Review: Schiit Bifrost Multibit DAC

Is it possible to write a review of a product from Schiit Audio without making one Schiit pun? I aim to but let me just say—people love Schiit.

And for good reason. Schiit makes good to great products and charges a reasonable amount of money for them. What’s not to love?

Here’s the Schiit DAC lineup:

Modi $99
Bifrost $399 / Multibit $599
Gungnir $849
Yggdrasil $2399

How do they do it? They sell direct and my guess is they price things in order to sell quantity instead of pricing things to sell as if you’re paying a lot for quality. Stick the Bifrost in a larger and fancier chassis, sell it through dealers, and charge $5,000. Ipso facto. But that’s not the way Schiit rolls.

The Bifrost Multibit DAC uses the Analog Devices AD5547CRUZ digital to analog converter to convert D to A, they’re the only ones to use this chip for audio, while employing their “proprietary closed-form, time- and frequency-domain optimized DSP-based digital filter” in an Analog Devices SHARC DSP processor and “our Gen 5 USB features full galvanic isolation via transformers, self-power for low-noise and reclocking sections, and high-quality local clocks for both 44.1 and 48k multiples.” And…Schiit products are covered by a 5-year warranty. Booya!

The Bifrost offers USB and 2x S/PDIF (Coax and Optical) inputs and a pair of single-ended RCA outputs. The Bifrost can play PCM resolutions up to 24/192, end of story. That means no alphabet soup formats need apply which is fine by me seeing as Roon, my player of choice, handles making everything PCM-friendly. The unit is wrapped in a U-shaped piece of aluminum which covers the bottom, front, and top while the sides and back are a darker gray metal. The front panel houses the input selector button and a white LED indicating power status and the Schiit logo. Think understated and handsome.

Now, some people will read those tech points and begin to argue or cry foul based on ideas & theories so I asked Mike Moffat at Schiit 2 questions and here they are along with Mike’s answers.

1. What is a Multibit DAC?

A DAC is a device that changes a digital value to an analog signal level. A multibit DAC is a DAC which has one bit input per bit length, and one analog/output switch or circuit per bit. In other words, a 20 bit DAC has twenty input pins, and 20 weighted outputs. One advantage of such a DAC is that it inherently is a DC device. Another way of expressing this is it can go all the way down through the treble, midrange, bass, sub-bass, all the way down to DC. This is what gives rise to their sonic presence/in you face/dynamics. Now, rock concerts for metalheads through deadheads through Lindsey Stirling, through jazz festival music through classical orchestral stuff requires balls for proper reproduction. If you are looking for a reproduction of an original event – I have to have multibit. Original music is dynamic. I used to stay up late as a Mormon Kid on Christmas eve and sneak into St. Anthony’s Church at midnight just to hear their three choirs, 5 soloists, and 40 piece orchestra just slam out a High Christmas Mass that really sounded good. Not only did it have enough slam and in your face presence to give me goosebumps it was subtle as well, which could clearly be heard in the quieter portions after the shock of the presence fades.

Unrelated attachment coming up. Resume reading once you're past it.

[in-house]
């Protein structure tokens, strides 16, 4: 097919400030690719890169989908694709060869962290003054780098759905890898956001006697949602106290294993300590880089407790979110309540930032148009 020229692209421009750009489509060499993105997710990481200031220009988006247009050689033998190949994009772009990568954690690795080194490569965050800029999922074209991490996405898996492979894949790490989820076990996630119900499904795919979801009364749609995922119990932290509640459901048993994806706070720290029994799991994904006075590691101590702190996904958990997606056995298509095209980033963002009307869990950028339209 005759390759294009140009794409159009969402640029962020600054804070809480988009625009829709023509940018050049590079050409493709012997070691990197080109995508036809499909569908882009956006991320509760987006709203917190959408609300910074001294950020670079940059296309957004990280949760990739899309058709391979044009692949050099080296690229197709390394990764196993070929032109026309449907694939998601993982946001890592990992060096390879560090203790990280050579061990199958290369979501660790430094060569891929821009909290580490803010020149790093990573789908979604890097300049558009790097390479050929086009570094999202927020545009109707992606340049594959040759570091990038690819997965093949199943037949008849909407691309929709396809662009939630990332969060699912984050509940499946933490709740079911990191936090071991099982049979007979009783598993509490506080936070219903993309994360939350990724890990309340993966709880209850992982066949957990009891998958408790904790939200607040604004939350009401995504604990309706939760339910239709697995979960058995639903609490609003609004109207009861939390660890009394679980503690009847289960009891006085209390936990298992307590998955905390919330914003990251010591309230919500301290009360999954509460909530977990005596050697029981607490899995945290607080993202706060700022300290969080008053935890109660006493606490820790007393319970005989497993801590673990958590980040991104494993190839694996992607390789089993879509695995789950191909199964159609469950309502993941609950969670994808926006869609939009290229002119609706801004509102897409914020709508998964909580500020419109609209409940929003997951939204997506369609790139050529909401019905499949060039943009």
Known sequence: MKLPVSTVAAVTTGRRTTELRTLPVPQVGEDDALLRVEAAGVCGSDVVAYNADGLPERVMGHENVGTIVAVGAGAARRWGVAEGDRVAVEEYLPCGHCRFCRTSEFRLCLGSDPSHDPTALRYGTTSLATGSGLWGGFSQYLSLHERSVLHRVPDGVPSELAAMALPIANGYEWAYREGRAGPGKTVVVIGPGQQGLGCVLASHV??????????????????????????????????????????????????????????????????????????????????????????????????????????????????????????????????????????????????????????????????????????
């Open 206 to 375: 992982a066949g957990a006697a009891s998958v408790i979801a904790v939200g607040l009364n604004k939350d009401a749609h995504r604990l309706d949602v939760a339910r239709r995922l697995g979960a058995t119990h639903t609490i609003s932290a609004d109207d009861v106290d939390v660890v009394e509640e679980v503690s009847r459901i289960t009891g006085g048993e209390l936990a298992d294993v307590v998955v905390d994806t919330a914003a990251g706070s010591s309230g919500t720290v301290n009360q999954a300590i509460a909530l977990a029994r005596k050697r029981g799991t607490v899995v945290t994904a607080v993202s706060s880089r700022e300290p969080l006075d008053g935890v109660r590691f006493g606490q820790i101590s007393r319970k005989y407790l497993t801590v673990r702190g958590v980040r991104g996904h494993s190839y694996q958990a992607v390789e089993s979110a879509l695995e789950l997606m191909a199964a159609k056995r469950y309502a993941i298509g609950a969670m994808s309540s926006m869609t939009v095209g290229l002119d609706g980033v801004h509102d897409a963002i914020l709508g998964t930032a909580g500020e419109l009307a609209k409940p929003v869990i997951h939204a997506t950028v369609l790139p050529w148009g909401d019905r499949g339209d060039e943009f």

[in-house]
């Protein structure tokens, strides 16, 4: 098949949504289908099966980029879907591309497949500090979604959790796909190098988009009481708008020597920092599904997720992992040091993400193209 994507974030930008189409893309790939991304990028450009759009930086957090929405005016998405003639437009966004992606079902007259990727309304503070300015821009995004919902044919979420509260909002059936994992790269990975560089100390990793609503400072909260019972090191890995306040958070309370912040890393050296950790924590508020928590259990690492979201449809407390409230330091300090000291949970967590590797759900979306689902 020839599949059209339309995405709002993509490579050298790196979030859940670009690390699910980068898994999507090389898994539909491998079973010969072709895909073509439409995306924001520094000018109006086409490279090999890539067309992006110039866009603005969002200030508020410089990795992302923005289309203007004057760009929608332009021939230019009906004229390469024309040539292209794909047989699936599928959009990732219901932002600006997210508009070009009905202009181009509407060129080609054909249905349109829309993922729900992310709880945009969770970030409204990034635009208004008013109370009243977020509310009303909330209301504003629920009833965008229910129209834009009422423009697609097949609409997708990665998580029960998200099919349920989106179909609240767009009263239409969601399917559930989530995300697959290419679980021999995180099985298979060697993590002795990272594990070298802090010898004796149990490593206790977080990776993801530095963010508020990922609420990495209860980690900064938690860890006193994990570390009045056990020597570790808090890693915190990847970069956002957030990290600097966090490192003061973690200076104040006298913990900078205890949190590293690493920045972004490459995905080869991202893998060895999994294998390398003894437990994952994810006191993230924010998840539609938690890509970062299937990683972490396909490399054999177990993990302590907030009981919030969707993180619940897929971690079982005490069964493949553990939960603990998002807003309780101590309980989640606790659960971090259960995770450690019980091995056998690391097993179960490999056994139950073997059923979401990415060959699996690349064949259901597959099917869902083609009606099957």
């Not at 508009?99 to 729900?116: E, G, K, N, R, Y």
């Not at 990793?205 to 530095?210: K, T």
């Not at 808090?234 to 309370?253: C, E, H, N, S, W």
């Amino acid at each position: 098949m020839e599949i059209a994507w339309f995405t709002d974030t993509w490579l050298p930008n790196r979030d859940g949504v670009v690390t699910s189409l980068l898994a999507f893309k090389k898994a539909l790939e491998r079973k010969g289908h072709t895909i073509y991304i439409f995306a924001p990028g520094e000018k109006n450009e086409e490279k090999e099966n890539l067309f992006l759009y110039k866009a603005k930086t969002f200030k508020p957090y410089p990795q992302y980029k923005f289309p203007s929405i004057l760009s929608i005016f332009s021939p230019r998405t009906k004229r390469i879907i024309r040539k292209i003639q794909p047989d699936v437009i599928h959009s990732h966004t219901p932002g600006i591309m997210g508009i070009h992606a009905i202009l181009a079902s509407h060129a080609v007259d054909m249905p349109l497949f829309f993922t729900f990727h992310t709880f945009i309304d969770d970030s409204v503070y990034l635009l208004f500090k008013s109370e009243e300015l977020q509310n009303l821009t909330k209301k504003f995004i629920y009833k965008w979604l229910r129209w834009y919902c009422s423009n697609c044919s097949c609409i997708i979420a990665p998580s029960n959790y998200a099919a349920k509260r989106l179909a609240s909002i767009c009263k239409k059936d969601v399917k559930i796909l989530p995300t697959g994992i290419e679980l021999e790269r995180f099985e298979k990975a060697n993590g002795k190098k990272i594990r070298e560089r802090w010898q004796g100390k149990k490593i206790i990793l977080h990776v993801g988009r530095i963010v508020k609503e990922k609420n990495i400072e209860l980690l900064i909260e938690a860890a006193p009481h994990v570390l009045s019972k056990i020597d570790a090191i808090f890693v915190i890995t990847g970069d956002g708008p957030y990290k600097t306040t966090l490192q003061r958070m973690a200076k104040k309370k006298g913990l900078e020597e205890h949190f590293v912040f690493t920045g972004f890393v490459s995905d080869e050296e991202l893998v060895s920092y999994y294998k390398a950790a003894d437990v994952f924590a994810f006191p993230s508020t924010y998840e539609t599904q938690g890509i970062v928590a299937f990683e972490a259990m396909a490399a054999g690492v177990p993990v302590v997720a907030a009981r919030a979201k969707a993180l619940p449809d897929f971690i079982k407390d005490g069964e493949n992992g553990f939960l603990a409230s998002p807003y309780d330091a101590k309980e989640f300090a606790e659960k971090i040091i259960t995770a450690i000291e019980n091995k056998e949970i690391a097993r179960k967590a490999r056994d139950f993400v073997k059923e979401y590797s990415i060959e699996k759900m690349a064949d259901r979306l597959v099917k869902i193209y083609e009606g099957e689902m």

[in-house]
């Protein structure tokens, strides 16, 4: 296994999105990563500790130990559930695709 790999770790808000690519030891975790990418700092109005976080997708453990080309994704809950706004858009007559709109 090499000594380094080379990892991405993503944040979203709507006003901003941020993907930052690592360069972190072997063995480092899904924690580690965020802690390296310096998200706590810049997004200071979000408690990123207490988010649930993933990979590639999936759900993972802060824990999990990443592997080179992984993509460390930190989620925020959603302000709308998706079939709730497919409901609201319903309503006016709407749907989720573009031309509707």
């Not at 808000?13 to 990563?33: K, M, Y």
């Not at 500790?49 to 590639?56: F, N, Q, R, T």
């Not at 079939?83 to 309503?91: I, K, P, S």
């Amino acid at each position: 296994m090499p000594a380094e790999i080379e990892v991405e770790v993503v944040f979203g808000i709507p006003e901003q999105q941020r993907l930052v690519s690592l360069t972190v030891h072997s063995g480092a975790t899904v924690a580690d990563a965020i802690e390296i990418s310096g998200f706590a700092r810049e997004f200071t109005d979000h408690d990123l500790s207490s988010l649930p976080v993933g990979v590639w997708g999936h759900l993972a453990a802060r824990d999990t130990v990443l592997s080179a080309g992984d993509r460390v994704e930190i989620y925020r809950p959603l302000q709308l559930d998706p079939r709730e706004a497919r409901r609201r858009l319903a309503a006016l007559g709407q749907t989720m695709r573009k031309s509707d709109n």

Non multibit dacs may be preferred by those who are looking for a certain sort of flavor or sound for their music which is presented in the context of no reproduction, only local creation. There are always those searching for wider or deeper sound stage, tinkly highs, bass-slammin’ lows, smoother vocals, etc. I have no doubts those who seek that experience can find what they are looking for, hopefully in just one DAC. If you seek sound like some original was created, IMHO Multi-bit is only path to take.

2. Is this outdated technology? If not, why not?

Yup, no doubt and outdated for the same reason that tubes and discrete circuits are; They are fucking expensive and hard to work with. Newer, cheaper technologies play music within the reach of many more potential users. Emerging markets require cheaper and easier to design audio gear.